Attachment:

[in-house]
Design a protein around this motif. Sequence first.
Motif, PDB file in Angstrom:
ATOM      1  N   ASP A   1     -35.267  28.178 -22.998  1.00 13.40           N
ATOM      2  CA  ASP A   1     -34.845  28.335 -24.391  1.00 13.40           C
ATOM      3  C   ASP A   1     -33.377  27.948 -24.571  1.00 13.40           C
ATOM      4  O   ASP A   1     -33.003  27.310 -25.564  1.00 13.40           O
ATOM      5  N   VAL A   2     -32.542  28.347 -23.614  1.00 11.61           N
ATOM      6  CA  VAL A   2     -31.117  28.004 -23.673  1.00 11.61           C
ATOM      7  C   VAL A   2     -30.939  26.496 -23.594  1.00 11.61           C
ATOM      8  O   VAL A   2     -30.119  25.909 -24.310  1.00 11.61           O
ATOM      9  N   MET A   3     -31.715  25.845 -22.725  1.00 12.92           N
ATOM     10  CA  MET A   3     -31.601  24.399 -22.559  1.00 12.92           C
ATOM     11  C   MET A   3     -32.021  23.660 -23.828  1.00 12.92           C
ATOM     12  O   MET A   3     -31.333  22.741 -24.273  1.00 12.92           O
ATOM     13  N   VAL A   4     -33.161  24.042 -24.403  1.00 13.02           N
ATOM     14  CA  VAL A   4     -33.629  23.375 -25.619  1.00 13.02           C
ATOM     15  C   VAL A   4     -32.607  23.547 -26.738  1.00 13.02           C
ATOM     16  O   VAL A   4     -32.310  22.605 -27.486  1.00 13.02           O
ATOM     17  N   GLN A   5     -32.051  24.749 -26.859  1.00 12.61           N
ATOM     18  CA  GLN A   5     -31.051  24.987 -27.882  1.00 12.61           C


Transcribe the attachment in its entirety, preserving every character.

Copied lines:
[in-house]
Design a protein around this motif. Sequence first.
Motif, PDB file in Angstrom:
ATOM      1  N   ASP A   1     -35.267  28.178 -22.998  1.00 13.40           N
ATOM      2  CA  ASP A   1     -34.845  28.335 -24.391  1.00 13.40           C
ATOM      3  C   ASP A   1     -33.377  27.948 -24.571  1.00 13.40           C
ATOM      4  O   ASP A   1     -33.003  27.310 -25.564  1.00 13.40           O
ATOM      5  N   VAL A   2     -32.542  28.347 -23.614  1.00 11.61           N
ATOM      6  CA  VAL A   2     -31.117  28.004 -23.673  1.00 11.61           C
ATOM      7  C   VAL A   2     -30.939  26.496 -23.594  1.00 11.61           C
ATOM      8  O   VAL A   2     -30.119  25.909 -24.310  1.00 11.61           O
ATOM      9  N   MET A   3     -31.715  25.845 -22.725  1.00 12.92           N
ATOM     10  CA  MET A   3     -31.601  24.399 -22.559  1.00 12.92           C
ATOM     11  C   MET A   3     -32.021  23.660 -23.828  1.00 12.92           C
ATOM     12  O   MET A   3     -31.333  22.741 -24.273  1.00 12.92           O
ATOM     13  N   VAL A   4     -33.161  24.042 -24.403  1.00 13.02           N
ATOM     14  CA  VAL A   4     -33.629  23.375 -25.619  1.00 13.02           C
ATOM     15  C   VAL A   4     -32.607  23.547 -26.738  1.00 13.02           C
ATOM     16  O   VAL A   4     -32.310  22.605 -27.486  1.00 13.02           O
ATOM     17  N   GLN A   5     -32.051  24.749 -26.859  1.00 12.61           N
ATOM     18  CA  GLN A   5     -31.051  24.987 -27.882  1.00 12.61           C